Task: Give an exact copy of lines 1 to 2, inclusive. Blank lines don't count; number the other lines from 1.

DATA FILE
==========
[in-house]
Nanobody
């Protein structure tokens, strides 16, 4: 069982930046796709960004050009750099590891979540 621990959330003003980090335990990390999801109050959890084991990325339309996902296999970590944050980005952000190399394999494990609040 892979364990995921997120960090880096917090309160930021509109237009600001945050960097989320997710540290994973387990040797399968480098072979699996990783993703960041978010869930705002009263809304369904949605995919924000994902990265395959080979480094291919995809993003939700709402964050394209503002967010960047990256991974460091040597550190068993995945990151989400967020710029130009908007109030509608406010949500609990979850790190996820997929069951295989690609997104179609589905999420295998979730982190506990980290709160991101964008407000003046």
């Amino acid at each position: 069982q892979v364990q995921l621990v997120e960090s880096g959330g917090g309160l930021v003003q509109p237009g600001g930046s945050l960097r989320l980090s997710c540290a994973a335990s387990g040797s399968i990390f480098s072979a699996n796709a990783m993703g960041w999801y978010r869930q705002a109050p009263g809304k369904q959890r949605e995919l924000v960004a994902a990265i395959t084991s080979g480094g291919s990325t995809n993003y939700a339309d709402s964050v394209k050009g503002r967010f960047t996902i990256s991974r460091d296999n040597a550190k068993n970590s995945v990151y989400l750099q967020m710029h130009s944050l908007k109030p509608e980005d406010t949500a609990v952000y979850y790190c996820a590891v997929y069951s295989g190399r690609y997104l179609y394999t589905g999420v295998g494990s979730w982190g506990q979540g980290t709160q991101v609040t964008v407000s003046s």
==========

[in-house]
Nanobody